Taliban warn UN over exclusion from Afghanistan talks

Secretary General says Doha meeting is about developing common international approach, 'not about recognition of the de facto Taliban authorities'

UN Secretary General Antonio Guterres gives an address after a closed-door summit on Afghanistan in Doha, Qatar. AP
Powered by automated translation

The Taliban warned on Tuesday that UN-led closed-door talks on Afghanistan in Qatar could be “counterproductive”, after they were excluded from the event.

UN Secretary General Antonio Guterres began the second day of meetings with special envoys from 25 countries for a “frank and constructive” exchange of views on Afghanistan.

The Taliban were not invited.

“Any meeting without the participation of IEA [Islamic Emirate of Afghanistan] representatives — the main party to the issue — is unproductive and even sometimes counterproductive,” said Suhail Shaheen, head of the Taliban political office in Doha.

“How can a decision taken at such meetings be acceptable or implemented while we are not part of the process? It is discriminatory and unjustified.”

Mr Guterres told reporters that the meeting was about developing a common international approach, “not about recognition of the de facto Taliban authorities”.

He did not rule out any future meetings with the Taliban but said “today is not the right moment to do so”.

Concerns over the country's stability were growing and participants had agreed on the need for a strategy of engagement that allows for the stabilisation of Afghanistan, he said.

“To achieve our objectives, we cannot disengage,” Mr Guterres said.

Threatening or further isolating the Taliban is not a pragmatic approach for countries seeking to alleviate Afghanistan's humanitarian crisis or to ease restrictions on women and girls, said Hina Rabbani Khar, Pakistan's Minister of State for Foreign Affairs, who attended the meeting.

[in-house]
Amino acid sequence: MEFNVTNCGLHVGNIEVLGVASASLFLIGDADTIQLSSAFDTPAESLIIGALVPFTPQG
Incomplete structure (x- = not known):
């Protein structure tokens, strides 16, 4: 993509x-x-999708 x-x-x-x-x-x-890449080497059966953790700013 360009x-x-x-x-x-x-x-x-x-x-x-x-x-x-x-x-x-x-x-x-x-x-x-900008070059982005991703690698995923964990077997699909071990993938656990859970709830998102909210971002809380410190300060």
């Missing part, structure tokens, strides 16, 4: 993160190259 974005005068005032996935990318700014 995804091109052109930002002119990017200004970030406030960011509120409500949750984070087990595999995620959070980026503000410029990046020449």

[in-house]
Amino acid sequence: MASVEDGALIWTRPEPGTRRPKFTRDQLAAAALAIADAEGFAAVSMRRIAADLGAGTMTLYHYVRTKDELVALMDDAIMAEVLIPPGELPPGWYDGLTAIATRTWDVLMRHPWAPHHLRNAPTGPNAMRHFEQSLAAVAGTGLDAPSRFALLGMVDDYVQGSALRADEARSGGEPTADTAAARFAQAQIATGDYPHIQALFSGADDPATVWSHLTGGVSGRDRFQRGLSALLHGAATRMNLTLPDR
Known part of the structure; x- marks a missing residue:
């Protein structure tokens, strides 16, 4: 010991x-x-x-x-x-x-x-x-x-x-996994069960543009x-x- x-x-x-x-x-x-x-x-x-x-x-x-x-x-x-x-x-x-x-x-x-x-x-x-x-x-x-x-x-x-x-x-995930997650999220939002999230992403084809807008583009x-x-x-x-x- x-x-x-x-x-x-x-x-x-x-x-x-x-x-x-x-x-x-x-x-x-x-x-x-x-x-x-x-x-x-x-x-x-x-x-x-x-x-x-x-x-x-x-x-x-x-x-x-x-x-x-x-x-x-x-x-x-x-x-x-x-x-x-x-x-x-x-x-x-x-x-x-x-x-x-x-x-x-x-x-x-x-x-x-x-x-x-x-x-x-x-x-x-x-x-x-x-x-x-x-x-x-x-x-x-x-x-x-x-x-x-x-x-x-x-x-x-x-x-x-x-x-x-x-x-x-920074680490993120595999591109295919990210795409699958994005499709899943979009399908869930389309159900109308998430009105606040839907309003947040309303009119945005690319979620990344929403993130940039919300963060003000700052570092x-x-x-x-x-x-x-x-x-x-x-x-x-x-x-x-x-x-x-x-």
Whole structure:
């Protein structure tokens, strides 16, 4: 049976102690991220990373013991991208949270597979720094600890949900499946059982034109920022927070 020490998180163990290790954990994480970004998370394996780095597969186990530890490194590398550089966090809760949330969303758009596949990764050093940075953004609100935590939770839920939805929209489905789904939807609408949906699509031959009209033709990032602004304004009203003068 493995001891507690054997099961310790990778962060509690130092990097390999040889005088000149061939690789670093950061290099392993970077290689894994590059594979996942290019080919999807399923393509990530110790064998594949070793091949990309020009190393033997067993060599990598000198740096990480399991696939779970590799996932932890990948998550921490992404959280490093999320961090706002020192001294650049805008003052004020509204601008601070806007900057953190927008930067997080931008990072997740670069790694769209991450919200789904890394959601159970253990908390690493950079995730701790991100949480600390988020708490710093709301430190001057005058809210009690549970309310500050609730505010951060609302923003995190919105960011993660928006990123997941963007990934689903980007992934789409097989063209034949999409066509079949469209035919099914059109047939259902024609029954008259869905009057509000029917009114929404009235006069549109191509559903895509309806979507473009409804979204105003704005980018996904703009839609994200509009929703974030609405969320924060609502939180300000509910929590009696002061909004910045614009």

UN chief says he is open to meeting Taliban as Afghanistan summit ends

UN chief says he is open to meeting Taliban as Afghanistan summit ends

Daniel Forti, senior analyst with the Crisis Group, told The National that the Doha meeting has “managed to offend not only the Taliban, which is angry that it is excluded, but also Afghan civilians inside and outside the country, who think their views are being ignored by the UN”.

UN officials and Security Council members have agreed that it is better for elements of the world body to stay in the country than for them to leave, said Mr Forti.

“One important outcome from Doha would be if everyone communicates this to the Taliban in no uncertain terms,” he said.

Mr Guterres confirmed the UN would stay in Afghanistan to deliver humanitarian aid, but warned of a severe shortfall in financial pledges for the humanitarian appeal this year.

“Throughout the past decades, we stayed and we delivered. And we are determined to seek the necessary conditions to keep delivering,” he said.

The appeal is a little more than 6 per cent funded, falling short of the $4.6 billion requested for a country in which 97 per cent of the population lives in poverty.

“Two thirds of the population — 28 million — will need humanitarian assistance this year to survive. Six million Afghan children, women and men are one step away from famine-like conditions,” he said.

UN spokesman Farhan Haq said on Tuesday that the people of Afghanistan “cannot afford to not have the full support of the international community”.

“We have to find a way where despite all of the many concerns about the de facto authorities, we make sure that the people of Afghanistan do not suffer as a result of what's happened over the past few years,” he said.

Women describe their experiences since the Taliban took over — in pictures

Updated: May 02, 2023, 11:17 PM